Many RVers who come to Arizona often ask, “Are there National Parks in Arizona?”. And the answer is a resounding, “Yes, the Grand Canyon!” In 1997, CNN announced a listing of the Seven Natural Wonders of the World and the Grand Canyon made that list. Five million years old, 277 miles long and 18 miles wide, the Colorado River’s deep canyon covers 1,904 square miles. Five million people take a Grand Canyon vacation every year. It is unlike any other place you will see so you want to plan several days there. So if you are planning an RV trip to the Grand Canyon we want to share camp sites you could stay at and how to prepare for your trip.
Where would I park my RV?
If you enjoy boondooking (commonly called dry-camping) you can do so by staying just a stone’s throw from the entrance of the Grand Canyon’s South Rim in the Kaibab Forrest. There are National Forest service signs posted for several side roads where you can boondock.To get an idea of where you would go, go to your map program and search on “Tusaya”. You should see forest roads that will lead you to suitable locations. Another location is Ten-X campground which is only 4 miles south of the Canyon’s entrance. There are no utility hookups and size is limited to 35 feet. The bonus of this location is the serene quiet and affordability ($10 per night).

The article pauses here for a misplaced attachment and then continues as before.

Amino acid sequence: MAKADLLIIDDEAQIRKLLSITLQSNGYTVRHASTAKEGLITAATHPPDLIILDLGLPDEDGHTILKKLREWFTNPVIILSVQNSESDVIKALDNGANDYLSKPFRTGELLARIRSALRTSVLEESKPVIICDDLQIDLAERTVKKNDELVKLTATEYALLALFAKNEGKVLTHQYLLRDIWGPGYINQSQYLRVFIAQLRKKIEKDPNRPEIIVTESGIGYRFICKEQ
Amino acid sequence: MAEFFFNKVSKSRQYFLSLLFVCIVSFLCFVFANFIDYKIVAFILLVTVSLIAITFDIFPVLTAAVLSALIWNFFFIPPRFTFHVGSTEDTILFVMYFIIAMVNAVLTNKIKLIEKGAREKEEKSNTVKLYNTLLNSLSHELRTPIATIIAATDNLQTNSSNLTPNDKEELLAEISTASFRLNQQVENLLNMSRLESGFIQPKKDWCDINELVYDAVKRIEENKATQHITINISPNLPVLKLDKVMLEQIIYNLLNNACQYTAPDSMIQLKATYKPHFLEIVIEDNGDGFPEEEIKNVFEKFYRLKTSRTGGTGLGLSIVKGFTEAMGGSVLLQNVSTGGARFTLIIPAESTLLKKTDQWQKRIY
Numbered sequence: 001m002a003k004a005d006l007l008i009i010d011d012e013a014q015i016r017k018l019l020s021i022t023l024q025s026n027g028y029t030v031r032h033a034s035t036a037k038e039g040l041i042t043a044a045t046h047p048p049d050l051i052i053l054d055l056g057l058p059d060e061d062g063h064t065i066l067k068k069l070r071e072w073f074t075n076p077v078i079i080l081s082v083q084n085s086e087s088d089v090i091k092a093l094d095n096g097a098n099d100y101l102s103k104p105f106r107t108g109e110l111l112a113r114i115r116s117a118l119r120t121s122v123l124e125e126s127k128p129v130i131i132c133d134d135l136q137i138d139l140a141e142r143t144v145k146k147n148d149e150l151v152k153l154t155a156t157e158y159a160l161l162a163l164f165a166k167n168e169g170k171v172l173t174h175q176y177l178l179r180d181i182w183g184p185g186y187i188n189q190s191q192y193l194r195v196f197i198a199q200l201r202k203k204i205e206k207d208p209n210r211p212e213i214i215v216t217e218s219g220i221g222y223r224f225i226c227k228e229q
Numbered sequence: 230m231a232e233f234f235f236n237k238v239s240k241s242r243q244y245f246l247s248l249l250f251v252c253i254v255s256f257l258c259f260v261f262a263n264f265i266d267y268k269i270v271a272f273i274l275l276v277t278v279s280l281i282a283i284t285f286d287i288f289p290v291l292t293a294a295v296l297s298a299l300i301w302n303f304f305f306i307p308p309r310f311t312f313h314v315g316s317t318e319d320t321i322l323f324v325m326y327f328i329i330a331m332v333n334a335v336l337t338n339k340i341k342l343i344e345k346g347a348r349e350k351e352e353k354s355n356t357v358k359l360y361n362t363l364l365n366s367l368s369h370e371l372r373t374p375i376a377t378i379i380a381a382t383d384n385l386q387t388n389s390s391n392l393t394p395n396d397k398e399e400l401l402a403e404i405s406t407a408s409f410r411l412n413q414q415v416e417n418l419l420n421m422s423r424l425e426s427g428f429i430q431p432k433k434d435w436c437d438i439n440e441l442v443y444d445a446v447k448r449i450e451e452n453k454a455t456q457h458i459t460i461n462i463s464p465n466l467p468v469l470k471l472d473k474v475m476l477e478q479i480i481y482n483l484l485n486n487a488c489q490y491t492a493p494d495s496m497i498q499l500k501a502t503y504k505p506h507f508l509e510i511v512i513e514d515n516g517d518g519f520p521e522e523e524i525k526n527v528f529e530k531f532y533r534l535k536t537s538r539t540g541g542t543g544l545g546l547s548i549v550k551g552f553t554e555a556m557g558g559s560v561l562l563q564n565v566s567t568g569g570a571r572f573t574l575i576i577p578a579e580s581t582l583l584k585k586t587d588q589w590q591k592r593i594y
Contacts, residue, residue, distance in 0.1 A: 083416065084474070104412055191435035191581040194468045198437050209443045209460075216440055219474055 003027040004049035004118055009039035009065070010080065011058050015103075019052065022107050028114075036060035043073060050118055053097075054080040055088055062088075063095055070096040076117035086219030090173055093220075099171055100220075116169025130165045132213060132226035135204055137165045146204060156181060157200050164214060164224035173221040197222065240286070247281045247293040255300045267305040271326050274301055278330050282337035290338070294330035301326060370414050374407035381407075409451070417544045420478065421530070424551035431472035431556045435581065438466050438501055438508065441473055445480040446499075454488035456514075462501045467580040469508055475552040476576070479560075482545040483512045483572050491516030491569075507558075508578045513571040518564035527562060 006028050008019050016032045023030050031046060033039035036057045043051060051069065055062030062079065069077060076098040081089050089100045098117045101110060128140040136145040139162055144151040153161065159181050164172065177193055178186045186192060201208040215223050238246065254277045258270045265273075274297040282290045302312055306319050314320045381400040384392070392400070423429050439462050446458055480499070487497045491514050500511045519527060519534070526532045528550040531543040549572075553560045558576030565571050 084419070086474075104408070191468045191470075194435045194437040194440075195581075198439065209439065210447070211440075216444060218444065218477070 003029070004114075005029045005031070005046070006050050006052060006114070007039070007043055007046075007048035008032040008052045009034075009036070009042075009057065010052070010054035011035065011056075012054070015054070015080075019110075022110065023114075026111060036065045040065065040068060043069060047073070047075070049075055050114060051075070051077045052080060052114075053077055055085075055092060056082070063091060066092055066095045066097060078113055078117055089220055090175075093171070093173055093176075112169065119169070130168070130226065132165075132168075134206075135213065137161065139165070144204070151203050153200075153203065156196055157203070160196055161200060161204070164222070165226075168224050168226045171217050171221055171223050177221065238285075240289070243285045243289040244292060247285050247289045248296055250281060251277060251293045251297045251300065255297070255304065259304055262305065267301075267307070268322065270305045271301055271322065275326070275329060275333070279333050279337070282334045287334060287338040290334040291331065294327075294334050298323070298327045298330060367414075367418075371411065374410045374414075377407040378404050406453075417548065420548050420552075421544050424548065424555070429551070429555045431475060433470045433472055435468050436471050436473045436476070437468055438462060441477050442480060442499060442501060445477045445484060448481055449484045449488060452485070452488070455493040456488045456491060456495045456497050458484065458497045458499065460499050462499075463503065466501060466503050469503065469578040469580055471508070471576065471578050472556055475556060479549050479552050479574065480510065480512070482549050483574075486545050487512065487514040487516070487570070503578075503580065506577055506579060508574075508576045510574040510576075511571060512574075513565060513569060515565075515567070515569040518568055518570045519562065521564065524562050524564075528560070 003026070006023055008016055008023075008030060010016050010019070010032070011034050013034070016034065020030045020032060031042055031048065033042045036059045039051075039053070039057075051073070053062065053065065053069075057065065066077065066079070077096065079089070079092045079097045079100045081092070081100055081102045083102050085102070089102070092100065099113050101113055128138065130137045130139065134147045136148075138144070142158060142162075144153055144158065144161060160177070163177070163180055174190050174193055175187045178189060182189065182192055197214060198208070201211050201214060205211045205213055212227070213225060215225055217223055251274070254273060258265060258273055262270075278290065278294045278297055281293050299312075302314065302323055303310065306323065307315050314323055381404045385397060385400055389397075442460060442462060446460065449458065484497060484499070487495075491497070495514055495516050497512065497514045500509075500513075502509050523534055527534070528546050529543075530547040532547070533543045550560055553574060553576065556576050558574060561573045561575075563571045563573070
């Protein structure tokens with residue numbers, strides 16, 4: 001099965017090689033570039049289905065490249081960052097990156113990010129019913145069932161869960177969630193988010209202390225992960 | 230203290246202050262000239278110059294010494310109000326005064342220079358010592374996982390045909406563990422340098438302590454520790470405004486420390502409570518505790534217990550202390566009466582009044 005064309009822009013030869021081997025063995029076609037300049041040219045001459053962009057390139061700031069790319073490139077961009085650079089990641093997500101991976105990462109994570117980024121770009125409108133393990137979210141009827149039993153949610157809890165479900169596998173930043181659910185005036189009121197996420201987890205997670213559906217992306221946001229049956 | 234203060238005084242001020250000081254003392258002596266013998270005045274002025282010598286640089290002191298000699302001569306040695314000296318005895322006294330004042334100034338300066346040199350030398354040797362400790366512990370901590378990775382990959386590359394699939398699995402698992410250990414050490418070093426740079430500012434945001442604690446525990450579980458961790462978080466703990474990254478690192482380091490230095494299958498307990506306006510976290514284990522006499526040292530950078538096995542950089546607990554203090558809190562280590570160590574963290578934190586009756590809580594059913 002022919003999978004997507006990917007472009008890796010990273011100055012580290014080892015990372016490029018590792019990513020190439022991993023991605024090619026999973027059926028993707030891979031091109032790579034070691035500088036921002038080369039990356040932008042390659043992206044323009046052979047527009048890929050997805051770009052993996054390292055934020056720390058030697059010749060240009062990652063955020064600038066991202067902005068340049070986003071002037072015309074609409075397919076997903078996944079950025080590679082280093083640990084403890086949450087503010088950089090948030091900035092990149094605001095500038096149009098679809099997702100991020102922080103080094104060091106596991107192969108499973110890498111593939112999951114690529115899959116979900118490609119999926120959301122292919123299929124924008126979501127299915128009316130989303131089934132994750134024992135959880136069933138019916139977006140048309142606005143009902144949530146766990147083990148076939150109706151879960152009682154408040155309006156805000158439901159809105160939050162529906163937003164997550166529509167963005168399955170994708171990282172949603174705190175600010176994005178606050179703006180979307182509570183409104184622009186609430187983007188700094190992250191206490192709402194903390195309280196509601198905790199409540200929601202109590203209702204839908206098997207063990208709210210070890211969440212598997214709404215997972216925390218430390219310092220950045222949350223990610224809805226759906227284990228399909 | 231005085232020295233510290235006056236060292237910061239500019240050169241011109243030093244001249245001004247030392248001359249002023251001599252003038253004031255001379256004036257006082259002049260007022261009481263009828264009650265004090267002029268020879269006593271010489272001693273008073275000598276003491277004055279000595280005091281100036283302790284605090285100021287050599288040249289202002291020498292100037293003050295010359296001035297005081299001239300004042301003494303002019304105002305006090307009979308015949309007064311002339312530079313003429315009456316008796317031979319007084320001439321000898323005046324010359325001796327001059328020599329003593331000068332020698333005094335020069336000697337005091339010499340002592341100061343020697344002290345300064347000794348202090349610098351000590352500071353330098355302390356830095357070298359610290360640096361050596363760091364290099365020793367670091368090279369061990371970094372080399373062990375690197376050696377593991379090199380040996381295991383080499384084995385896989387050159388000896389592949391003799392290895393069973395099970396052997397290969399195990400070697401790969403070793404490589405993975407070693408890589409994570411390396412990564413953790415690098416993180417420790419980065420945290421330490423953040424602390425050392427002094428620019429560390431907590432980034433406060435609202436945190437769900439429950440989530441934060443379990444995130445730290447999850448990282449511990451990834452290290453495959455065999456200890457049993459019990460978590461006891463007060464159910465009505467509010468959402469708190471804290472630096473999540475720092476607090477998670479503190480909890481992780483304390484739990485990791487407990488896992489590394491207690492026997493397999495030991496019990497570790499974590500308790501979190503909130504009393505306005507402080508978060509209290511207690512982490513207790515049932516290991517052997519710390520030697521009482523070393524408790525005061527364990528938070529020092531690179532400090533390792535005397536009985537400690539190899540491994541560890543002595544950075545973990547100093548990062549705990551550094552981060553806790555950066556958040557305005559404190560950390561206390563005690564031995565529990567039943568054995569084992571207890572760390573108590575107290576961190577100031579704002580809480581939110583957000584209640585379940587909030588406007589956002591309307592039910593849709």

If you prefer a site with electric (50/30 amp), water and sewer hookups you may want to consider Trailer Village.Sites are available year round, are paved, accomadate 50 feet, and each one comes with a picnic table and bbq grill. There are coin operated showers and laundry facilities near the Grand Canyon Trailer Village, which is very close. Another location is Mather Campground and it is adjacent to Trailer Village. It has a shuttle bus that will take you to the Grand Canyon Village and there is a dumping station. However, there are no hookups and sites can only accomdate 30 feet. There are coin operated showers and laundry facilities near the Grand Canyon Trailer Village.
What would I do while I am there?
There is so much to do that your biggest problem will be deciding on what to do. Activities can be curtailed to match your physical level of comfort. There are guided bus tours, trail hiking, mule rides into the canyon, train ride, bird watching, river rafting, photography classes, geology classes, and more.
Preparing for your trip
Before you begin your RV trip in the Grand Canyon be sure to prepare your RV for it. As exciting as this trip will be, you can really have a wrench thrown in the mix if you have breakdowns due to lack of RV maintenance checks. An ounce of prevention is key here and Fix-My-RV would like to help you out by providing a free Pre-Travel RV Checklist.